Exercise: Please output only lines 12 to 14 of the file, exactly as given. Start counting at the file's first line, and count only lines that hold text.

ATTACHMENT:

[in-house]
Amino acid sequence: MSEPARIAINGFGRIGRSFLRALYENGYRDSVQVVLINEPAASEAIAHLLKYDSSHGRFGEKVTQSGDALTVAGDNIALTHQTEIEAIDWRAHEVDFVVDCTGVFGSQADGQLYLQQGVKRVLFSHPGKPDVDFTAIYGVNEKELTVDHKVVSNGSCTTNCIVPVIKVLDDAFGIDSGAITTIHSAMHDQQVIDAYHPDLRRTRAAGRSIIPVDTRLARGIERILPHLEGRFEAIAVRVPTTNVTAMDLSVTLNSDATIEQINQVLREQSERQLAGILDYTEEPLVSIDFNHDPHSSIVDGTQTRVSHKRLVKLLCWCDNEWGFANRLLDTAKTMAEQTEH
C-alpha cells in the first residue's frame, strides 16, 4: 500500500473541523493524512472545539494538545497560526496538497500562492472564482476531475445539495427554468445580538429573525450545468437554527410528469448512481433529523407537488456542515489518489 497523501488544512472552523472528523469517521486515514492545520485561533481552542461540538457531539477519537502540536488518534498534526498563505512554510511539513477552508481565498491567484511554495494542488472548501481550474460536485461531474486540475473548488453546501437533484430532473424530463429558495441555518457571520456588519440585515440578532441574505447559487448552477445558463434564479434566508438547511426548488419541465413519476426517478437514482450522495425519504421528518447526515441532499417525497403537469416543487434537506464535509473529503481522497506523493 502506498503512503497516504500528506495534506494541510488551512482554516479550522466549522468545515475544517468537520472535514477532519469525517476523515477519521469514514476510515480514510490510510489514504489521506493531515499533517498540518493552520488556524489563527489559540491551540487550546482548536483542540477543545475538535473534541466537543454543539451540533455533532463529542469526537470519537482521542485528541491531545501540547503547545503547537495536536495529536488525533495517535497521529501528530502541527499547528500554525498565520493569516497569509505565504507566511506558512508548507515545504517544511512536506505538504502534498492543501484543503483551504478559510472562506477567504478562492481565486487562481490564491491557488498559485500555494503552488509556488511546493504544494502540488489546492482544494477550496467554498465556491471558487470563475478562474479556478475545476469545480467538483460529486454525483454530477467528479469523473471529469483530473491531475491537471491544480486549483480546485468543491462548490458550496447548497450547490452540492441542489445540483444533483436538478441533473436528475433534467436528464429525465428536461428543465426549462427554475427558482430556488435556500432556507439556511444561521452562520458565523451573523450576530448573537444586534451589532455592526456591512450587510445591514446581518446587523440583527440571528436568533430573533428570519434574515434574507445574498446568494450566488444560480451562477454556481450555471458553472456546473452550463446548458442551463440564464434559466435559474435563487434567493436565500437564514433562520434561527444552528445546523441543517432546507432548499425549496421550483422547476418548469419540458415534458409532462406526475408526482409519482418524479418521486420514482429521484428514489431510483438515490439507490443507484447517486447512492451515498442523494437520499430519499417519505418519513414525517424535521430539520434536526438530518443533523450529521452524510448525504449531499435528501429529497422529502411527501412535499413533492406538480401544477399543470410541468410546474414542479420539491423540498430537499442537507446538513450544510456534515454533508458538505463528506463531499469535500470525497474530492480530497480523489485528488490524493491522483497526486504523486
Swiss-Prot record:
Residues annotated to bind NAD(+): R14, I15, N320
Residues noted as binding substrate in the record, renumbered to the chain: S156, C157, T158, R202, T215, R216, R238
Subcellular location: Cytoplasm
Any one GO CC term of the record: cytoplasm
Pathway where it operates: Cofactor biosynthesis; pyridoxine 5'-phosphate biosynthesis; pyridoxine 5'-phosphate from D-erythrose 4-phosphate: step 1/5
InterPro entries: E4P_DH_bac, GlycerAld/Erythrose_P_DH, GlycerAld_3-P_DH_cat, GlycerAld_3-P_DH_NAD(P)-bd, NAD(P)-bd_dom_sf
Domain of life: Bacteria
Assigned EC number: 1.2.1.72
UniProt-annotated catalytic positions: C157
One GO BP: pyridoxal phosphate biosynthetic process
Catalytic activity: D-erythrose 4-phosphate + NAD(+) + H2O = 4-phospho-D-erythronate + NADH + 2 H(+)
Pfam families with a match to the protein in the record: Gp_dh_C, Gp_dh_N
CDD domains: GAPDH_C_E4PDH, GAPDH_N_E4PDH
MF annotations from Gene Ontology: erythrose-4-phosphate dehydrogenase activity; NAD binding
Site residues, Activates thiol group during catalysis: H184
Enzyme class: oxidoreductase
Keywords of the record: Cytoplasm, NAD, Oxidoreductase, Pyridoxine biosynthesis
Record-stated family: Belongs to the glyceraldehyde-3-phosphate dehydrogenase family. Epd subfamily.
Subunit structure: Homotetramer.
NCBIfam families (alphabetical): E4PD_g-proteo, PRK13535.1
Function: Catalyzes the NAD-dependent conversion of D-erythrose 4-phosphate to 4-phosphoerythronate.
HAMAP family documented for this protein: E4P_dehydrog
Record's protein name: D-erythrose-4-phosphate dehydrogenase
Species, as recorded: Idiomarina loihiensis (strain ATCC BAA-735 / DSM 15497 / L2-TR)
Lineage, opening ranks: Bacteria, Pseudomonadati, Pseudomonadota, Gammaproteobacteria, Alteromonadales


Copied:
Assigned EC number: 1.2.1.72
UniProt-annotated catalytic positions: C157
One GO BP: pyridoxal phosphate biosynthetic process